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The Prisoner [Blu-ray]
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Internationally acclaimed actors Ian McKellen (Lord of the Rings) and Jim Caviezel (Passion of the Christ) star in the reinvention of the 1960's classic cult thriller. The six thrilling episodes tell the story of a man who finds himself trapped in a mysterious and surreal place known as The Village, with no memory of how he arrived there. As he frantically explores his environment, he discovers that its inhabitants are identified by number instead of by name and have no memory of a prior existence or outside civilization. Not knowing who to trust, Number Six is driven by the desperate need to discover the truth behind The Village and, more importantly, how he can survive and escape to his previous life.The Village is controlled by one man: the sinister and charismatic Number Two (Ian McKellen). In each new episode, Six (Jim Caviezel) and Two are locked in a battle of wits, as Six challenges the oppressive nature of The Village and battles against his captors. McKellen and Caviezel are joined by an all-star supporting cast including Hayley Atwell (Brideshead Revisited), Jamie Campbell-Bower (New Moon, Harry Potter and the Deathly Hallows), Ruth Wilson (Jane Eyre, Small Island), Lennie James (Outlaw) and Rachael Blake (Clapham Junction). In the 1960s, The Prisoner helped permanently alter the scope of the fantasy genre. Through the work of Patrick McGoohan, who created, produced, wrote and directed the series, and starred in the lead role of Number Six , The Prisoner is widely viewed as one of the most well regarded and intriguing cult TV series ever created. While the original series, which debuted in 1967, was a riff on Cold War politics, the Prisoner in 2010 reflects 21st century concerns and anxieties, such as liberty, security and surveillance, yet also showcase the same key elements of paranoia, tense action and socio-political commentary seen in McGoohan’s enigmatic original.Special Features:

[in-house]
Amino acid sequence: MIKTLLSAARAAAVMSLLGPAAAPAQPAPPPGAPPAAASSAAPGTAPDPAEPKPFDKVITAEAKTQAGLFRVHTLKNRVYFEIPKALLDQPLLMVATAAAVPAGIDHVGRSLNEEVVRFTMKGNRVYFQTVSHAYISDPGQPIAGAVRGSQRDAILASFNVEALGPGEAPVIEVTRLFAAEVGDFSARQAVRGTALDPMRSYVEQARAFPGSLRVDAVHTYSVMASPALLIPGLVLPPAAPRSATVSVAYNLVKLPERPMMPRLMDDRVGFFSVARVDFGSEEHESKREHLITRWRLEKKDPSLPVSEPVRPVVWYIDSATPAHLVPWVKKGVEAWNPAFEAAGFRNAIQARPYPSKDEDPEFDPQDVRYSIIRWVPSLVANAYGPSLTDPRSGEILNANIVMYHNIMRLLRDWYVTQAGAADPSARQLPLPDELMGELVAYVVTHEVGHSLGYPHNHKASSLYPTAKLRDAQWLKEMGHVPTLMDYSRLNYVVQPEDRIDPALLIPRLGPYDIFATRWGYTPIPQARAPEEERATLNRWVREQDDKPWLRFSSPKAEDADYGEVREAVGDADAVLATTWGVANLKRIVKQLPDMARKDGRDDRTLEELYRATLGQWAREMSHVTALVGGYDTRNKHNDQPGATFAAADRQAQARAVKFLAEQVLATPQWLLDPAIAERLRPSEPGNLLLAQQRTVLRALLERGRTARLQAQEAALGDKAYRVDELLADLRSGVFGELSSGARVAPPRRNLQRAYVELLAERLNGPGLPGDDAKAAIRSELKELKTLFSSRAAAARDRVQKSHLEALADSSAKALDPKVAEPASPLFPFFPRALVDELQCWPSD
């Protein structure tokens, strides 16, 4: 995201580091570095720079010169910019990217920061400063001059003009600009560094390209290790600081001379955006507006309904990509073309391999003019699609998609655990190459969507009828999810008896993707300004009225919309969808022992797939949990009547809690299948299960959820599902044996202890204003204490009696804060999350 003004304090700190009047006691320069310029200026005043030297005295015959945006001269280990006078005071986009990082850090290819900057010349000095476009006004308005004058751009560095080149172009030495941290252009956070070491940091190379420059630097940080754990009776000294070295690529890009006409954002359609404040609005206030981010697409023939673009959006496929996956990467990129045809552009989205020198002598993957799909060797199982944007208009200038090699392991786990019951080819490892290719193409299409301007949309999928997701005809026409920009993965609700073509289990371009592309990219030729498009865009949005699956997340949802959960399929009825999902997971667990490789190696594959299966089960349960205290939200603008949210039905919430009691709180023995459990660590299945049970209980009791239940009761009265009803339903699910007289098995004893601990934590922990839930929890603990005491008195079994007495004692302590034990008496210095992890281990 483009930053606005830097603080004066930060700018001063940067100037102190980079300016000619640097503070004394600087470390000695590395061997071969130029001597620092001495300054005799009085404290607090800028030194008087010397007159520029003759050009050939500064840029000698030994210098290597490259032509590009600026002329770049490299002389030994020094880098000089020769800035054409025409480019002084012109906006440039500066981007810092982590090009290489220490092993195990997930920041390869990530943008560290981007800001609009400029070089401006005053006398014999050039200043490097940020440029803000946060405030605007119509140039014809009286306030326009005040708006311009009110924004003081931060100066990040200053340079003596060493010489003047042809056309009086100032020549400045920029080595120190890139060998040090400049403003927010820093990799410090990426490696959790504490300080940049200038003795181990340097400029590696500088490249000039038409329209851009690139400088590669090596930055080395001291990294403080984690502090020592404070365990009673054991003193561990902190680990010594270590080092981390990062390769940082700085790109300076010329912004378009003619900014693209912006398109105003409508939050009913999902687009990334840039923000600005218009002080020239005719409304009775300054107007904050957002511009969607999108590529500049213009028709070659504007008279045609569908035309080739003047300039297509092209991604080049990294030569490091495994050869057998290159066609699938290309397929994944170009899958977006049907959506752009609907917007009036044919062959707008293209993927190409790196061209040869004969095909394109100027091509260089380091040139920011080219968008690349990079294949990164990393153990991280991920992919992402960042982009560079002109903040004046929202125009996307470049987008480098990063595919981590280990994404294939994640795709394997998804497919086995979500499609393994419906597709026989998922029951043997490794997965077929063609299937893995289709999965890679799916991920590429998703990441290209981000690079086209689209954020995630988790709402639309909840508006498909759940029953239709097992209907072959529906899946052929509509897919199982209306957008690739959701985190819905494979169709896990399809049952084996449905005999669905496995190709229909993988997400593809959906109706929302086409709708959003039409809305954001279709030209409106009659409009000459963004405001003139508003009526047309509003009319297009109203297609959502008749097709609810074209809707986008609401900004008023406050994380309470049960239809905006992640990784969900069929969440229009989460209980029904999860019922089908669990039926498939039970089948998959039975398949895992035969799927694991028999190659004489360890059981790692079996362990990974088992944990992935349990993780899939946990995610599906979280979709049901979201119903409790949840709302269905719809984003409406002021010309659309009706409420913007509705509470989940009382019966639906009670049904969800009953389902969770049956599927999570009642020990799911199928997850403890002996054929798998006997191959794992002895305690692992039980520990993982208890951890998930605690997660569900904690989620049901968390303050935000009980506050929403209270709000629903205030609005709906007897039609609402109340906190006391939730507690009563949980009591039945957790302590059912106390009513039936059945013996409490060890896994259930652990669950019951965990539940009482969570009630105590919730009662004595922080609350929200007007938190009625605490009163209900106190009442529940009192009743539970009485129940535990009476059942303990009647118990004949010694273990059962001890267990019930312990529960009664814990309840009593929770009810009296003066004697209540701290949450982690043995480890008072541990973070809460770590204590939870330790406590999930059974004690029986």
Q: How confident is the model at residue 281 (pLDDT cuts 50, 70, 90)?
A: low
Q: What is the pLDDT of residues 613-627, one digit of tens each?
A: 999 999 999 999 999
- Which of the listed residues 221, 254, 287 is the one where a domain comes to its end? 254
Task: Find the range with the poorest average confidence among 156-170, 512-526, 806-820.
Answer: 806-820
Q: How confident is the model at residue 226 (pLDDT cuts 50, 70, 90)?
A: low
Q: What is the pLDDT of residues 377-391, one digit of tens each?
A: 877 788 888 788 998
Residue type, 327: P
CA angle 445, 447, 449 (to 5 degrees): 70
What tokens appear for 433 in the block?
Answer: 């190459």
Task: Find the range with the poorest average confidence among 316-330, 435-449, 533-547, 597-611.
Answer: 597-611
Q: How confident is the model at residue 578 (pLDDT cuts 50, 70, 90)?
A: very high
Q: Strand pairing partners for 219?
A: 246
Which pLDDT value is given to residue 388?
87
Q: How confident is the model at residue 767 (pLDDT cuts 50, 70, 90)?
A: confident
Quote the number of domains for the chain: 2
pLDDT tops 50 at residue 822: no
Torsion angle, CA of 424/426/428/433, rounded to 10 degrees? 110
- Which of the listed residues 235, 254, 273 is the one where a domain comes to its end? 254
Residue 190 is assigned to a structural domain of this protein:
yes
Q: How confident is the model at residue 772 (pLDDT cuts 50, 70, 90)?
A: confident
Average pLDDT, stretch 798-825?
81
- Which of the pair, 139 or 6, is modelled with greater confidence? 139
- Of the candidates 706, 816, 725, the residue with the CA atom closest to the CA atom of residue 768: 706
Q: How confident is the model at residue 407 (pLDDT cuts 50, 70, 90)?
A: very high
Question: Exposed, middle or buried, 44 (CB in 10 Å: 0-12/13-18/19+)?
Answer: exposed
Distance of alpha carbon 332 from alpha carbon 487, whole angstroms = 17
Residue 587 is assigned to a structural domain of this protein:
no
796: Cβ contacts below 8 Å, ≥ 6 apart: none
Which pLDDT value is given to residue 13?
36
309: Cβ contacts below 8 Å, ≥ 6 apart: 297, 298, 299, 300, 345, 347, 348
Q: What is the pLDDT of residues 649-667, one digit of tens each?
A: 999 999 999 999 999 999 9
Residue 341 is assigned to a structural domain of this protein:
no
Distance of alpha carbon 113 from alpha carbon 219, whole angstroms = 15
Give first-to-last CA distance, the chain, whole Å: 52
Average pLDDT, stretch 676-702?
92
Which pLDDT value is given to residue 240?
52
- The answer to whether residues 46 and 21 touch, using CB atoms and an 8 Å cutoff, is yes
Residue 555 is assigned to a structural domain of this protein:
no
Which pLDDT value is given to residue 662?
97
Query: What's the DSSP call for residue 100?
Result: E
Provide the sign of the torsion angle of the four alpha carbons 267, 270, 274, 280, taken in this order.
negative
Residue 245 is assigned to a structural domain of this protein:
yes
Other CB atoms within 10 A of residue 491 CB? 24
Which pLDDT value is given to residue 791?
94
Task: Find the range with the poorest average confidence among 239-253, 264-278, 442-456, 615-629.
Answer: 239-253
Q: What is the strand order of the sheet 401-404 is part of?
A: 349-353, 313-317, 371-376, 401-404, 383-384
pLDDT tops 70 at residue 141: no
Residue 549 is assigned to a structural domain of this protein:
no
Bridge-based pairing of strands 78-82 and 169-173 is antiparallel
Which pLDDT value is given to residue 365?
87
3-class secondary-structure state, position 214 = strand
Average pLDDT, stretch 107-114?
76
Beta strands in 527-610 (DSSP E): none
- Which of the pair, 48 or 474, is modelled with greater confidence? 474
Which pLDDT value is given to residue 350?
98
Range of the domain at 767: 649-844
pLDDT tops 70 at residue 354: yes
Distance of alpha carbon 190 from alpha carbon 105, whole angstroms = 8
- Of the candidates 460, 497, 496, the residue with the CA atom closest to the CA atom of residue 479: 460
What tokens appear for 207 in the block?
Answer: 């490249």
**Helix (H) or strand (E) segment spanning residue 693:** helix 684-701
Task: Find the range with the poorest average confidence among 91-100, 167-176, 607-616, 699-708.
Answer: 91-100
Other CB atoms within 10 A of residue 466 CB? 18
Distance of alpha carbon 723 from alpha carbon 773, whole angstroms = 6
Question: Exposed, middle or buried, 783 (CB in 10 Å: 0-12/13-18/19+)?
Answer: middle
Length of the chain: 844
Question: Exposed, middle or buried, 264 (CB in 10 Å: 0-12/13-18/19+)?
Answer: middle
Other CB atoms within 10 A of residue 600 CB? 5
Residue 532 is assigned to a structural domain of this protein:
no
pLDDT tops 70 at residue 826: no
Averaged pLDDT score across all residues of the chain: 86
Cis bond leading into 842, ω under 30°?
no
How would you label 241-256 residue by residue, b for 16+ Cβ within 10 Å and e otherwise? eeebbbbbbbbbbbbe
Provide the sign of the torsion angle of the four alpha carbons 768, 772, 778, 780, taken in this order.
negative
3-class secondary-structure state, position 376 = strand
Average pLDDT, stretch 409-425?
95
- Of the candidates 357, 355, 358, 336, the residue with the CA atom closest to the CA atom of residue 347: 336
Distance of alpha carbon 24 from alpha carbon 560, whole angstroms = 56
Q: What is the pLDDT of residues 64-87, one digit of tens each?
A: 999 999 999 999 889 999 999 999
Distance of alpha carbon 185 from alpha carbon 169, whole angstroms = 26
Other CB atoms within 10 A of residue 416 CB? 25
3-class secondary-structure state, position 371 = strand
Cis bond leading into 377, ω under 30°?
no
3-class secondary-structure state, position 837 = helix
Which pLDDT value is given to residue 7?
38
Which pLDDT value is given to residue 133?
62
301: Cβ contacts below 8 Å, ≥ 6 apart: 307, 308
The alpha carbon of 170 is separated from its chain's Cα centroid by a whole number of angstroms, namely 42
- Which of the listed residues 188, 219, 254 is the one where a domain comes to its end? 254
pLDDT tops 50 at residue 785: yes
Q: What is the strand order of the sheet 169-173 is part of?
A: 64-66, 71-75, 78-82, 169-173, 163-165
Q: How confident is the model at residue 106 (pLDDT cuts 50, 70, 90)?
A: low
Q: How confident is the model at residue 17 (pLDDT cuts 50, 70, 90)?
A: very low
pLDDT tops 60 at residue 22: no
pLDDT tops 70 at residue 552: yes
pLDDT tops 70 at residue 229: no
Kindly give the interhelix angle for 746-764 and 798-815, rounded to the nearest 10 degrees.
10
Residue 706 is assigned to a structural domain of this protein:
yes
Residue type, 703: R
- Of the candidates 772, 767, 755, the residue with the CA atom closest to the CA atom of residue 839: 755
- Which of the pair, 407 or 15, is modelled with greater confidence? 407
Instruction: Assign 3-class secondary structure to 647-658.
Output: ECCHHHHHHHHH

• Deleted scenes
• The Making of The Prisoner
• Character profiles
• The Prisoner read-through
• Jamie Campbell-Bower interviewing Ian McKellen
• Comic Con 2009: The Prisoner panel
• Inside The Prisoner